© Spurensucher - 03.05.2020

Forsaken by all good spirits: The Ames Pyramid


A man stands next to a pyramid-like monument with a face on it. Back label - C.R. Savage, art bazaar...medals...1891. The Ames Monument in Albany County, Wyoming, was entered into the National Register of Historic Places on July 24, 1972. It is said to have been created on the basis of a resolution passed by the shareholders of the Union Pacific Railroad Company at a meeting in Boston on March 10, 1875, in memory of Oakes Ames in recognition of his services in the construction of the Union Pacific Railroad Company. Image Source Wikimedia Commons


The Ames Pyramid is located about 32 km east of Laramie, Wyoming (USA), on a wind-blown treeless peak south of Interstate 80 at the Vedauwoo exit. Officially it is a monument, a four-sided rectangular pyramid with a square base of 20 m and a height of almost 20 m made of light domestic granite. Today we know: The pyramid has an inner passage, which is strangely sealed, it runs (at least) along the first lowest row of stones.


Nothing to see around here; Image Source Wikimedia Commons



At the time of the railway boom in the middle of the 19th century, the brothers Oliver and Oakes Ames were important players in the railway industry. Their great plan was to build a transcontinental railway line, which today would be comparable to a trip to the moon. But despite the odds, the brothers made it happen, as Oakes raised funds from Washington in his role as a congressman, while Oliver took care of business as head of the Union Pacific Railroad. Unfortunately, the fame the brothers deserved was quickly overshadowed when Oakes became involved in a fraudulent scheme to finance the railroad. There is talk of corruption on a very large scale.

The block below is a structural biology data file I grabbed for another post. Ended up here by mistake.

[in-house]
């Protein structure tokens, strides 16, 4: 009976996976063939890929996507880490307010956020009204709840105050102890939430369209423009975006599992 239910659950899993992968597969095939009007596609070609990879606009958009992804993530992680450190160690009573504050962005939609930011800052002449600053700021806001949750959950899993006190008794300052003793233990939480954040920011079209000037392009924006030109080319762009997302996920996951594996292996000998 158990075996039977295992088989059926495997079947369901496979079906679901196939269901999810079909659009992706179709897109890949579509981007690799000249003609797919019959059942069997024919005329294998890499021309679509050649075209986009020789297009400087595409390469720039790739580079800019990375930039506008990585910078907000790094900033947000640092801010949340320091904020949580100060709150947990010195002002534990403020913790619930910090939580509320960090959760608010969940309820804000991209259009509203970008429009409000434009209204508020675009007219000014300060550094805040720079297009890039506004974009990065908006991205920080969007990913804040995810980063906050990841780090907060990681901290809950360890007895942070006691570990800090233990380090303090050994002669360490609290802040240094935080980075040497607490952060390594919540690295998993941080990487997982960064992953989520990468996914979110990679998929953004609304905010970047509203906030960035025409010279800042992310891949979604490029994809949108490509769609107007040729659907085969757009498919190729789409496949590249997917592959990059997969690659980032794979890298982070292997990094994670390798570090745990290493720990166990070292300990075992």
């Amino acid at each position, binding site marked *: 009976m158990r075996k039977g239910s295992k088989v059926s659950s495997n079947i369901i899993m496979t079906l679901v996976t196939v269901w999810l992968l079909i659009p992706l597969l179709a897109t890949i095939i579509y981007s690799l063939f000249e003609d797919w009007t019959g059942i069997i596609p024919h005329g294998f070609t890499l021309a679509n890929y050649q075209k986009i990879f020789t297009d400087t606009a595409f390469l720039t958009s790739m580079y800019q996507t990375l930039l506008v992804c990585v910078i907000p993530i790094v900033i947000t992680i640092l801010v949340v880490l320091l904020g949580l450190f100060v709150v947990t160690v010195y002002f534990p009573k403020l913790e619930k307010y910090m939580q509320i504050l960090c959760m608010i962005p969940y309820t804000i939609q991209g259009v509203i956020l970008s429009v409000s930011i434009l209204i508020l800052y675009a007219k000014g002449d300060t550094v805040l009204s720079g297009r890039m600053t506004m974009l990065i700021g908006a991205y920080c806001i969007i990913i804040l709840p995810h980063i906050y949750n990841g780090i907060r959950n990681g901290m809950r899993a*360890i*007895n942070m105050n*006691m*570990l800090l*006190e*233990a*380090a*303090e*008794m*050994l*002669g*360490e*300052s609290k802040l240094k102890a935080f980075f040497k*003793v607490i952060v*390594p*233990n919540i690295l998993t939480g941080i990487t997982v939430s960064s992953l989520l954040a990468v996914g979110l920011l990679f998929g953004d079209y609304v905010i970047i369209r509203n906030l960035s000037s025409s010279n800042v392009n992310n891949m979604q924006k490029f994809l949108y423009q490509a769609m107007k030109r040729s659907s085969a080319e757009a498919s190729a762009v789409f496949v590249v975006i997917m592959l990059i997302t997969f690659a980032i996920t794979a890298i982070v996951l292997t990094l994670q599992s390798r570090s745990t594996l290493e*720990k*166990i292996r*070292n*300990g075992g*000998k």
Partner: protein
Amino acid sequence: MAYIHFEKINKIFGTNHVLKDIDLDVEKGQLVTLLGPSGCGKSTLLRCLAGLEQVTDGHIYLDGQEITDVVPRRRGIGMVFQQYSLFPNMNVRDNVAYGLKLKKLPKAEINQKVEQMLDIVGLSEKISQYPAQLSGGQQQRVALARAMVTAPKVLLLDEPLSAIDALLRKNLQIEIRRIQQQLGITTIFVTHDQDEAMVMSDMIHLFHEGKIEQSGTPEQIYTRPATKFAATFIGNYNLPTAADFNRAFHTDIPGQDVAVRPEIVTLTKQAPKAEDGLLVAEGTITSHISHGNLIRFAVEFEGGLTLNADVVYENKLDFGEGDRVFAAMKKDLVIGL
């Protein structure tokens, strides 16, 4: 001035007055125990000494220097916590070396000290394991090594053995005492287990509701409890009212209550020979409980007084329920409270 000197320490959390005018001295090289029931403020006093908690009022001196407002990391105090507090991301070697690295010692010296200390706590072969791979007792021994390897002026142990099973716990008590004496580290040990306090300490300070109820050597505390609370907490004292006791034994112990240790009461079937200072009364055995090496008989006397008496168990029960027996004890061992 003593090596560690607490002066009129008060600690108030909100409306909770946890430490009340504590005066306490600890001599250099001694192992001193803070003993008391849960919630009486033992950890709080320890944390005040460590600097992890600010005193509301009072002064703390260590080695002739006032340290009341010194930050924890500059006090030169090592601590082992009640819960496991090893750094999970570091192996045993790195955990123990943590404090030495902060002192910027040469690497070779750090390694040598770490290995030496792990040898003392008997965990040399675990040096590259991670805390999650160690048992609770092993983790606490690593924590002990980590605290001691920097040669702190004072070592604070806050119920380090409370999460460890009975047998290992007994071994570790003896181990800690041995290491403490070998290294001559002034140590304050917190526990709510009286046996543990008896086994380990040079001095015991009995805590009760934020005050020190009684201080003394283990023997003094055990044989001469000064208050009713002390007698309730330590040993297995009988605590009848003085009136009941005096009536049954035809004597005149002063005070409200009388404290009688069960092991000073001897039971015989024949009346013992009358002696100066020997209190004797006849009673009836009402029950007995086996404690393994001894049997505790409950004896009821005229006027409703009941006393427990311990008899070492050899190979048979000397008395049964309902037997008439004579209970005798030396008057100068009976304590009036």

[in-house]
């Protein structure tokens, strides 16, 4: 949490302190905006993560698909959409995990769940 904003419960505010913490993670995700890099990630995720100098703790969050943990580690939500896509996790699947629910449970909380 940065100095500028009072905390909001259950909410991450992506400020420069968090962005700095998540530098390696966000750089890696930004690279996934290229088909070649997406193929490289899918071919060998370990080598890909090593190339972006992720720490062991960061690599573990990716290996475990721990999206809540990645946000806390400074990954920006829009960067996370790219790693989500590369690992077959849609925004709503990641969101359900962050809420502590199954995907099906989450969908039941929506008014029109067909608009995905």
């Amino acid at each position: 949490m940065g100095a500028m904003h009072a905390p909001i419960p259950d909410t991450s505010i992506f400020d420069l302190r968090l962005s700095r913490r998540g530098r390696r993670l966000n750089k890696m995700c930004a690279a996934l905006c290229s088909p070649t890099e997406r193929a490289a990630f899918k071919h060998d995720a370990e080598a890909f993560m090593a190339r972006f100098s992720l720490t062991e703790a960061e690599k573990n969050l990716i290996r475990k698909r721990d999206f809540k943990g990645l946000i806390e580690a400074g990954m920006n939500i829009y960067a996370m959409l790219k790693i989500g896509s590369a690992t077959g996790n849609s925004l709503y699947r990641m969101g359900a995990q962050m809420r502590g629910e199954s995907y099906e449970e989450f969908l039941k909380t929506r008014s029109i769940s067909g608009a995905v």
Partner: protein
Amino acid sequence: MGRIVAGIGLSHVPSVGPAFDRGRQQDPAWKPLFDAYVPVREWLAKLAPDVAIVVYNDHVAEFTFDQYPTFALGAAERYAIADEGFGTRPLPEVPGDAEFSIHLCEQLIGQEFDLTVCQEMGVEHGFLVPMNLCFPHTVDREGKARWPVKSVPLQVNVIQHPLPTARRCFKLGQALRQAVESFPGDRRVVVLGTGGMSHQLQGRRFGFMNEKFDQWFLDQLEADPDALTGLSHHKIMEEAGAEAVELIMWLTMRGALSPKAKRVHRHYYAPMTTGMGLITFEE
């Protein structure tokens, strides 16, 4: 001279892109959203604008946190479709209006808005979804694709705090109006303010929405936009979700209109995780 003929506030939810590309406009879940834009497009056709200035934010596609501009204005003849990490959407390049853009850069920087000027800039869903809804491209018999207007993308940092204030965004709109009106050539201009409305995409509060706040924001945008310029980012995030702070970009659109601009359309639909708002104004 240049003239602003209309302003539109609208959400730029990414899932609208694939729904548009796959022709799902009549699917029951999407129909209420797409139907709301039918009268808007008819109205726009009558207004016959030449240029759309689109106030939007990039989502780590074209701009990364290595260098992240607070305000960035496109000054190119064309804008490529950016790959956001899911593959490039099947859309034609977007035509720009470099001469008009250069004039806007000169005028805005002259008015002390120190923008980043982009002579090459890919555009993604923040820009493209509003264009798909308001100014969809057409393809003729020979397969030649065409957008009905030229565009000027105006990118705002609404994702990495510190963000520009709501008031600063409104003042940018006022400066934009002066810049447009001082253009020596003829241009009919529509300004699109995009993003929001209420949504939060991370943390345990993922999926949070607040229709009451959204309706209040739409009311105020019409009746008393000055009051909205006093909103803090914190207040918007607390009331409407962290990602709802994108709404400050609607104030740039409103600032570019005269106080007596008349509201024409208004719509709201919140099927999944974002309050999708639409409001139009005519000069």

Picture: Oakes Ames. Convicted of insider trading: In 1872, it became known that Ames was selling shares of Credit Mobilier to other members of Congress at a price far below market value. The ensuing public scandal led to an investigation by the House of Representatives, which formally recommended expulsion. On February 28, 1873, the House passed a resolution formally condemning Ames "for attempting to draw the attention of Congress to the affairs of a company in which he was interested and whose interest depended directly on Congress legislation by inducing members of Congress to invest in the shares of that company. Only a few months later, he was dead. Image Source Wikimedia.



A monument to crime?

After both their name and the name of the Union Pacific were tarnished by the scandal, the brothers thought of a way to clear their name. They hired the famous American architect Henry Hobson Richardson to erect a monument to their glorious work. For 65,000 dollars (more than a million dollars by today's standards) a pyramid was built on the highest point of the Transcontinental Railroad on a desolate track in Wyoming. The more than 20-meter-high structure shows specially made reliefs of the brothers, with Oliver's face looking west and Oakes looking east towards Washington.